London: Algorithms used to detect crime in Underground stations

Outside view of the Underground station
Privacy experts warn that it is easy to add more features to surveillance systems once they have already been set up. (Source: Sunil060902 – CC BY-SA 3.0 Deed )

In a London Underground station, thousands of people were under surveillance using algorithms designed to detect fare evaders and crime. This has been revealed by the research of US magazine, Wired. Train passengers were not informed of the tests.

The operator of the London Underground, Transport for London (TfL), tested the algorithms from October 2022 until the end of September 2023 in the Underground station Willesden Green, located in the north-west of the British capital. In response to the magazine’s Freedom of Information request, the TfL provided documents that reveal this. Wired has partially published these documents.

According to the transit operators, more than 110,000 people used Willesden Green station weekly in 2022.

Until now, it was only known that the algorithms were to be used in a test at the station for detecting whether guests could bypass entry barriers without a ticket.

Searching for weapons and smokers

As revealed in parts of the redacted documents, the algorithms were to detect several additional occurrences and situations: From “carrying or using a weapon” to smoking, people and animals on the platform as well as unattended luggage. Even littering at the station could be detected.

Staff was informed in real-time of conduct or situations deemed problematic – this included weapons or people on the platforms, for example. The Underground operator explained to Wired that existing surveillance cameras at the station were combined with algorithms and “numerous detection models” to identify behaviour patterns.

According to the report, the surveillance system issued 44,000 alerts during the test period. In 19,000 cases, staff was informed in real-time. The system most frequently sent alerts when a person potentially attempted to reach the platform without a valid ticket.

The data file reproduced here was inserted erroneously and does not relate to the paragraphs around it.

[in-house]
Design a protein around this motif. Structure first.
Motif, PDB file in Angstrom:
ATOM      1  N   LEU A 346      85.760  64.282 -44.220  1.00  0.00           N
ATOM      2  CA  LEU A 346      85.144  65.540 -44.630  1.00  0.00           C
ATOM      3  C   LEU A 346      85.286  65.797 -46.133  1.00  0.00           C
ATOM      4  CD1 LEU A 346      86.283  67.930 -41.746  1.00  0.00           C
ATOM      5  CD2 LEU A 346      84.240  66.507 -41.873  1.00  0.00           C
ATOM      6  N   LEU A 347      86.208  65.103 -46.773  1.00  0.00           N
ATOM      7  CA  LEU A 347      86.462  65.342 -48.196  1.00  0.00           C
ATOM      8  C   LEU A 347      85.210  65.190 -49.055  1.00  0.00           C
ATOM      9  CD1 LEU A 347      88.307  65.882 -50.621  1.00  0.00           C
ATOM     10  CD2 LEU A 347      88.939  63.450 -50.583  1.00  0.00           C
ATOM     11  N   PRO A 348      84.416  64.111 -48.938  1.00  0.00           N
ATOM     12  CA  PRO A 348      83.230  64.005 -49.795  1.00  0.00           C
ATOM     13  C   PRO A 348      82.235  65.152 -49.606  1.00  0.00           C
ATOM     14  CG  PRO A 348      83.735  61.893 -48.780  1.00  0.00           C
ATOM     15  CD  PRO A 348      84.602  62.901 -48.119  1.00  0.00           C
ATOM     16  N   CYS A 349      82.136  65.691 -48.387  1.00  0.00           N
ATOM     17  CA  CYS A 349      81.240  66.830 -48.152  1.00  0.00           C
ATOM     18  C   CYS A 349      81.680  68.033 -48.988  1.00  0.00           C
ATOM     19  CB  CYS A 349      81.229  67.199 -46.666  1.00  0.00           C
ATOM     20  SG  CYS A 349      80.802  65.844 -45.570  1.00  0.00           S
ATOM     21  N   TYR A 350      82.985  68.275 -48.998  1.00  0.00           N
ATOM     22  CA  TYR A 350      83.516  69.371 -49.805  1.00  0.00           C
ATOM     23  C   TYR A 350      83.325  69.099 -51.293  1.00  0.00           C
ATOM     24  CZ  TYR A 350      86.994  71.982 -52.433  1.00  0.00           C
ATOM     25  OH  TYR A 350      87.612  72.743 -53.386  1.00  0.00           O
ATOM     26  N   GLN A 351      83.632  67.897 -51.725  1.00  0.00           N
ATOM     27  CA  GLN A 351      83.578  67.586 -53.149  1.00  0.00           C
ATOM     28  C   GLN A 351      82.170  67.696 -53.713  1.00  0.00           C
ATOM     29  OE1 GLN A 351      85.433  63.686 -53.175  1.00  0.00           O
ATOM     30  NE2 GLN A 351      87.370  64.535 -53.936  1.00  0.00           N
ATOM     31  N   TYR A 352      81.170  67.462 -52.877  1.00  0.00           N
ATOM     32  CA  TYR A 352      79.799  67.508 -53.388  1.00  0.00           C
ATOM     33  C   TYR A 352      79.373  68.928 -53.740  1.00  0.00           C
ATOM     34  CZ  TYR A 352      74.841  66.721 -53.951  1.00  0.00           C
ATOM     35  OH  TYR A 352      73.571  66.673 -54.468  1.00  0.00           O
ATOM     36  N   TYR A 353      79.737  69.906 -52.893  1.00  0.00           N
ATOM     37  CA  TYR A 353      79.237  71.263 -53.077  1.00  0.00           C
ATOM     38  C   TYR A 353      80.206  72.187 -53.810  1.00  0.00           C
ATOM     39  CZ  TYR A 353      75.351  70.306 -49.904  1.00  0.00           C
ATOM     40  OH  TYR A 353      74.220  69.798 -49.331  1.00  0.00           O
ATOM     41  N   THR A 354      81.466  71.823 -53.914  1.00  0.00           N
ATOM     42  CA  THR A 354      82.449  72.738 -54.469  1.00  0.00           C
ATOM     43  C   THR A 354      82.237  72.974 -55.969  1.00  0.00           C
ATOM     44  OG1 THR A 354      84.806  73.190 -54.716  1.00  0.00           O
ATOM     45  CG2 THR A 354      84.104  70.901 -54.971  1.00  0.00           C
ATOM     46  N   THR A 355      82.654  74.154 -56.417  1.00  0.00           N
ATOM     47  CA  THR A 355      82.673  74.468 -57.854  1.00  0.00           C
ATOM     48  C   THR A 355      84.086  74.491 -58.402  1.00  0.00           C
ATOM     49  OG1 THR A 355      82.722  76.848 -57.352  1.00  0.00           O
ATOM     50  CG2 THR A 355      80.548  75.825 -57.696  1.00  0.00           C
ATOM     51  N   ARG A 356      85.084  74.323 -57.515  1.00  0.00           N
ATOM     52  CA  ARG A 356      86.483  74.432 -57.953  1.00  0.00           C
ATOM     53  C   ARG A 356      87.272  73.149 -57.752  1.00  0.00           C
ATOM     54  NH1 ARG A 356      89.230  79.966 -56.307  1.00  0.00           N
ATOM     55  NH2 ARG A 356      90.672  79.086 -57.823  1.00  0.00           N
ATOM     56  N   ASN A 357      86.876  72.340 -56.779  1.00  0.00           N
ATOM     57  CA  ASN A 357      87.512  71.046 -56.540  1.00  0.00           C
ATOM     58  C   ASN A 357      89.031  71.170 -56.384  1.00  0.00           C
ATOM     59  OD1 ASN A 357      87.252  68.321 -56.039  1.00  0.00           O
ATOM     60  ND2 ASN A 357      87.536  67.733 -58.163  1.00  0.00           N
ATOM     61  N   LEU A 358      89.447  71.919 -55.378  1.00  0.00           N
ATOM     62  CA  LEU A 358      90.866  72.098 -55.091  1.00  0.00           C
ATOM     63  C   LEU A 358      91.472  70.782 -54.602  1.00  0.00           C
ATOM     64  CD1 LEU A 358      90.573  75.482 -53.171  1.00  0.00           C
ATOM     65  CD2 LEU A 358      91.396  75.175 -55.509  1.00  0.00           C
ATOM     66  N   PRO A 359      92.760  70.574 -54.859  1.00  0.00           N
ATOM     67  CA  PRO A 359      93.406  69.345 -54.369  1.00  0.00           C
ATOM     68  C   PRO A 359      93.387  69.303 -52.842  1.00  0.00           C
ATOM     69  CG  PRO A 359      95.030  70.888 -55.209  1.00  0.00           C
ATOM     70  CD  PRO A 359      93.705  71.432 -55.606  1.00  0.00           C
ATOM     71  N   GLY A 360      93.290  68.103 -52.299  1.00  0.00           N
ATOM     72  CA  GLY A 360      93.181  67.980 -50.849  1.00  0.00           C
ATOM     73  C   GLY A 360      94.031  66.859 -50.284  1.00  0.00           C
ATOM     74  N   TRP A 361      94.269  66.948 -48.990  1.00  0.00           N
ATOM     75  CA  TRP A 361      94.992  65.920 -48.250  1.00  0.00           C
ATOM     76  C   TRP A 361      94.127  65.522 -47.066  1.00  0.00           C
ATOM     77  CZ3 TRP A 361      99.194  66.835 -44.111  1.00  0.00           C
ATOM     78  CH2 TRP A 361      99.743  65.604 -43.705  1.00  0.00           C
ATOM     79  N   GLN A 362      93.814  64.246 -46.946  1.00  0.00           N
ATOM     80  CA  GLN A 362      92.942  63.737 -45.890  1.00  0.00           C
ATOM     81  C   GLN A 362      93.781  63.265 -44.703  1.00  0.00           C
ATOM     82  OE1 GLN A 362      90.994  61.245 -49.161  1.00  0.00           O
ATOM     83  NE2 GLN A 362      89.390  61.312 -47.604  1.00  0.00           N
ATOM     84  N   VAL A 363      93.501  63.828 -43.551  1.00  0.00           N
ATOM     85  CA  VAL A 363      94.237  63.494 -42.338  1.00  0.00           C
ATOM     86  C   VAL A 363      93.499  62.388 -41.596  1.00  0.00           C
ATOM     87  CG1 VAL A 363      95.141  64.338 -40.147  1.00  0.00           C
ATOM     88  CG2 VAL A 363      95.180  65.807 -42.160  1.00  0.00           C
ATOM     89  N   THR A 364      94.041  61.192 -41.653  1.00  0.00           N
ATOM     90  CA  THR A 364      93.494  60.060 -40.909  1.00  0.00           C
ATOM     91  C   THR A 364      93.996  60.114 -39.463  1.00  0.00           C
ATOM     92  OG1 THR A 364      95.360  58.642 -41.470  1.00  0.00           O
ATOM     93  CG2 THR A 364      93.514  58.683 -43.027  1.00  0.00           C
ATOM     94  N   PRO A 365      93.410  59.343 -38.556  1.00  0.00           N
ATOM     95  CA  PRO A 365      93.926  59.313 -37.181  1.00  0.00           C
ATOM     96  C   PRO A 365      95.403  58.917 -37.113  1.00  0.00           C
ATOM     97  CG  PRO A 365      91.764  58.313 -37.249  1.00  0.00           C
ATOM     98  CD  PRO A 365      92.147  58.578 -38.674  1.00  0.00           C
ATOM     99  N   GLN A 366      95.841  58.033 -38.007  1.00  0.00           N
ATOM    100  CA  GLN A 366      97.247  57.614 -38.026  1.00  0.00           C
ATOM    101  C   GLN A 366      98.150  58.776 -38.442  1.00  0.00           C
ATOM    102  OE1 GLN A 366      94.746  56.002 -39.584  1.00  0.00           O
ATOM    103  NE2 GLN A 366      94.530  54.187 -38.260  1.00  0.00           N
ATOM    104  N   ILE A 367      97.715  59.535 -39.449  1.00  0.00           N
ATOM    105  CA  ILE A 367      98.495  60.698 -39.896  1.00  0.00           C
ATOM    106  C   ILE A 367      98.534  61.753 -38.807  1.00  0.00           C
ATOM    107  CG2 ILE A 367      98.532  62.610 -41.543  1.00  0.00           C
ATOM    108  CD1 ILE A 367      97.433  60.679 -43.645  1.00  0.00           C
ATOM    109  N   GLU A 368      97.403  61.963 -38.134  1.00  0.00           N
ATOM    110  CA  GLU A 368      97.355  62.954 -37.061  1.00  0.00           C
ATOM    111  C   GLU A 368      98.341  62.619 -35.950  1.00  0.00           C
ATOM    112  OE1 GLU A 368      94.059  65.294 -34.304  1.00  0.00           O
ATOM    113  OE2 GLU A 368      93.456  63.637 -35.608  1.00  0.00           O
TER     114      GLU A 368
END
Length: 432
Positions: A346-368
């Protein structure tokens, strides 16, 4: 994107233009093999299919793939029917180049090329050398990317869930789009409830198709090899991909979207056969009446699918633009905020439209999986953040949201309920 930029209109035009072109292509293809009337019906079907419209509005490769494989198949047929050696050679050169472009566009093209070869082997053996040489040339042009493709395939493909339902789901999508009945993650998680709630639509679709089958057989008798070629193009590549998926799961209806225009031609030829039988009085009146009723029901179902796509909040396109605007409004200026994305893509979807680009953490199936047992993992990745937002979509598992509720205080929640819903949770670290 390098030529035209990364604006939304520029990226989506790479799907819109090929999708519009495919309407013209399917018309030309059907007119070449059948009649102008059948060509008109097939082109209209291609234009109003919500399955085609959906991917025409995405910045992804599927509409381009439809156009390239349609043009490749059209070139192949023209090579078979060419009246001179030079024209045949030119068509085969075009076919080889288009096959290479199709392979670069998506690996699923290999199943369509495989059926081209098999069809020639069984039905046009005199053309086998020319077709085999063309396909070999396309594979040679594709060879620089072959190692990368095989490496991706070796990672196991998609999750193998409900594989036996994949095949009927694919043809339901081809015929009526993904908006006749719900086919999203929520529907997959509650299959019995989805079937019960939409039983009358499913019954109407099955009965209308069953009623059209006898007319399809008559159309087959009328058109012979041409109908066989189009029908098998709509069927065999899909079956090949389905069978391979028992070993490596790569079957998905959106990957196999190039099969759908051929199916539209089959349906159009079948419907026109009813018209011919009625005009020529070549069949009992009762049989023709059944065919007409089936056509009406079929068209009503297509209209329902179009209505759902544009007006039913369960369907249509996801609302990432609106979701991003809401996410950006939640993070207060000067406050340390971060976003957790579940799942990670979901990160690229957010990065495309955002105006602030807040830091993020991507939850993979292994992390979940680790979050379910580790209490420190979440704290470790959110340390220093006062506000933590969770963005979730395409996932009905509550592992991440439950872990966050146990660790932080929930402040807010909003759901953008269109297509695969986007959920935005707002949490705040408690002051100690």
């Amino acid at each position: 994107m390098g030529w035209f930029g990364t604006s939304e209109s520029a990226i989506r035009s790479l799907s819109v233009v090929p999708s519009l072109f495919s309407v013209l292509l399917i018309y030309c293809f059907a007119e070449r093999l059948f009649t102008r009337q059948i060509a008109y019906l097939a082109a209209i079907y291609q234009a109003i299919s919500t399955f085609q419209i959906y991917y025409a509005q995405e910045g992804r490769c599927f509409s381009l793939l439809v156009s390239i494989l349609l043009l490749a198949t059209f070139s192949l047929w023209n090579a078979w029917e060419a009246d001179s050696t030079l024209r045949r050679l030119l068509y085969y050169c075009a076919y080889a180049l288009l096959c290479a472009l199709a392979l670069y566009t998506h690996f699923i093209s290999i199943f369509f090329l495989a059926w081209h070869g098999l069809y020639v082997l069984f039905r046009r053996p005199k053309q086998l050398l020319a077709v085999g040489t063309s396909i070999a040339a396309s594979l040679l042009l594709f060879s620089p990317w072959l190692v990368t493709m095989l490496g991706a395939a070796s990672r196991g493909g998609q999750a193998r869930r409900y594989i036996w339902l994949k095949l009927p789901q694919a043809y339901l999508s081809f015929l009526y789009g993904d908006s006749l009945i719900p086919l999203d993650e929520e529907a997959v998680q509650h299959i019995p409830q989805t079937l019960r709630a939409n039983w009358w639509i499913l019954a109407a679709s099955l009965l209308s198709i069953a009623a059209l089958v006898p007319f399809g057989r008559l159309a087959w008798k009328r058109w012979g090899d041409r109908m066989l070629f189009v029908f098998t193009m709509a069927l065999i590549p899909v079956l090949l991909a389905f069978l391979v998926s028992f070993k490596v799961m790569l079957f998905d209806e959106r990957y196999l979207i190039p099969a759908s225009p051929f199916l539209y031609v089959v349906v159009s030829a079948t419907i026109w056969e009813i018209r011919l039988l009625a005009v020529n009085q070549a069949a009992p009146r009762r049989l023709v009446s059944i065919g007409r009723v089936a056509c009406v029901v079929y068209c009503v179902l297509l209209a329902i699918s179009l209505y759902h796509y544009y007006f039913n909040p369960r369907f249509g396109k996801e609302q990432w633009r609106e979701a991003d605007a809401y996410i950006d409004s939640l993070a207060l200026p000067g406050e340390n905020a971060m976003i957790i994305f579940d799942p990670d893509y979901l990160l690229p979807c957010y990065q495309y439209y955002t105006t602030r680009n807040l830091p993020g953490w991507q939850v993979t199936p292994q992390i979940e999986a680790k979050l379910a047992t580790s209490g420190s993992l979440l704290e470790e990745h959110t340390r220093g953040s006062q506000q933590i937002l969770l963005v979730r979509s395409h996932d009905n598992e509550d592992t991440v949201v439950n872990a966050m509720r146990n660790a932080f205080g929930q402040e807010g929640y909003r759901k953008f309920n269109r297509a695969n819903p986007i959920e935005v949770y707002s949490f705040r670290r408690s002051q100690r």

However, there were problems with recognising situations correctly. For example, when children followed their parents through the barrier entries and were reported as potential fare evaders. The software was also unsuccessful in differentiating between foldable and normal bicycles – the latter may only be taken on the train during certain hours.

According to the transit authority, the system was not used for monitoring staff. Furthermore, audio recording was not set up and facial recognition was not available.

Michael Birtwistle researches the regulation of artificial intelligence (AI) at the independent Ada Lovelace Institute. He stated to Wire that the implementation of AI in public spaces for identifying behaviour patterns “raises many of the same scientific, ethical, legal, and societal questions raised by facial recognition technologies”.

Warning of further upgrades

In response to Wired, privacy experts warn additionally that such surveillance systems could easily be expanded in the future – for example, with facial recognition.

Daniel Leufer from the NGO Access Now explains he always checks first such whether such systems are attempting to recognise aggression – because he is sceptical whether that it is even possible.

According to the report, the London system also attempted to recognise aggression – however, this could not be performed reliably. Therefore, it had to be adjusted so that a warning was provided whenever someone raised their arms – because this is a “common behaviour linked to acts of aggression”.

Madeleine Stone from the British NGO, Big Brother Watch, told Wired, algorithms for detecting aggressive behaviour are “deeply flawed” – additionally, the British data regulator has warned of the implementation of technologies for emotion analysis.

Furthermore, Stone says many passengers would be disturbed to find out that they were under surveillance. The Underground operator actually confirmed to Wired that the station did not provide any notice about the surveillance system test.

At first, people’s faces were made unrecognisable on recordings and the data was stored for a maximum of 14 days. However, after six months the TfL saved people’s faces who were suspected of evading fares – and stored the data longer.

Nothing has apparently been decided regarding the future of the system: TfL told Wired they were advised to run a second phase of the trial. Any additional implementation would be coordinated with “relevant stakeholders”, the company assured.

This past year, the operating company of the subway in New York City announced they would gather data in some stations with the help of algorithms for how many train passengers evade barriers without a ticket. Civil rights activists criticised the implementation of the system as a part of a growing surveillance apparatus in the city. (js)